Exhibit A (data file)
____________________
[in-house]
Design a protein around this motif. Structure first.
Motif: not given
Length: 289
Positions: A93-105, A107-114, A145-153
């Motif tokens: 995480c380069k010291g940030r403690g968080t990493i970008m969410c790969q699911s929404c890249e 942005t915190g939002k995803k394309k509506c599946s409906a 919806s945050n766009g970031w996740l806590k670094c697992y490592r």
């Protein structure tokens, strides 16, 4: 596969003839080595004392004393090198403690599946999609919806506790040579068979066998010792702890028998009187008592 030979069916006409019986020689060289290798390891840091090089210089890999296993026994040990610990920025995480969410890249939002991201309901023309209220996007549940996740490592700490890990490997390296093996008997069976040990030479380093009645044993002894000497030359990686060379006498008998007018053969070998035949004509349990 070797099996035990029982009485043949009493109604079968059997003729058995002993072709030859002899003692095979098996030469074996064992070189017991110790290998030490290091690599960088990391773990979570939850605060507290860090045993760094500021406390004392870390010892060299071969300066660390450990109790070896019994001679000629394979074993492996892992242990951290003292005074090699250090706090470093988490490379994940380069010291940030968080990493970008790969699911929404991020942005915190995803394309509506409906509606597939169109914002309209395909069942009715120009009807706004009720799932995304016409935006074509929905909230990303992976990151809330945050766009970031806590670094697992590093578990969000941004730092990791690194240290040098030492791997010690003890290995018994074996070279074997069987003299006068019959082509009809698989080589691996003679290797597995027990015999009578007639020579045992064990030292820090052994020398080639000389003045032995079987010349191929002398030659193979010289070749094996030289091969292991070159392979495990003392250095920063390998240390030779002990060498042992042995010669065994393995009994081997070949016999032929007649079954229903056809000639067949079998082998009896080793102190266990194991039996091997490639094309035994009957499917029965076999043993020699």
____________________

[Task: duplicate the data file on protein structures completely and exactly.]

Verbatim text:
[in-house]
Design a protein around this motif. Structure first.
Motif: not given
Length: 289
Positions: A93-105, A107-114, A145-153
């Motif tokens: 995480c380069k010291g940030r403690g968080t990493i970008m969410c790969q699911s929404c890249e 942005t915190g939002k995803k394309k509506c599946s409906a 919806s945050n766009g970031w996740l806590k670094c697992y490592r």
């Protein structure tokens, strides 16, 4: 596969003839080595004392004393090198403690599946999609919806506790040579068979066998010792702890028998009187008592 030979069916006409019986020689060289290798390891840091090089210089890999296993026994040990610990920025995480969410890249939002991201309901023309209220996007549940996740490592700490890990490997390296093996008997069976040990030479380093009645044993002894000497030359990686060379006498008998007018053969070998035949004509349990 070797099996035990029982009485043949009493109604079968059997003729058995002993072709030859002899003692095979098996030469074996064992070189017991110790290998030490290091690599960088990391773990979570939850605060507290860090045993760094500021406390004392870390010892060299071969300066660390450990109790070896019994001679000629394979074993492996892992242990951290003292005074090699250090706090470093988490490379994940380069010291940030968080990493970008790969699911929404991020942005915190995803394309509506409906509606597939169109914002309209395909069942009715120009009807706004009720799932995304016409935006074509929905909230990303992976990151809330945050766009970031806590670094697992590093578990969000941004730092990791690194240290040098030492791997010690003890290995018994074996070279074997069987003299006068019959082509009809698989080589691996003679290797597995027990015999009578007639020579045992064990030292820090052994020398080639000389003045032995079987010349191929002398030659193979010289070749094996030289091969292991070159392979495990003392250095920063390998240390030779002990060498042992042995010669065994393995009994081997070949016999032929007649079954229903056809000639067949079998082998009896080793102190266990194991039996091997490639094309035994009957499917029965076999043993020699």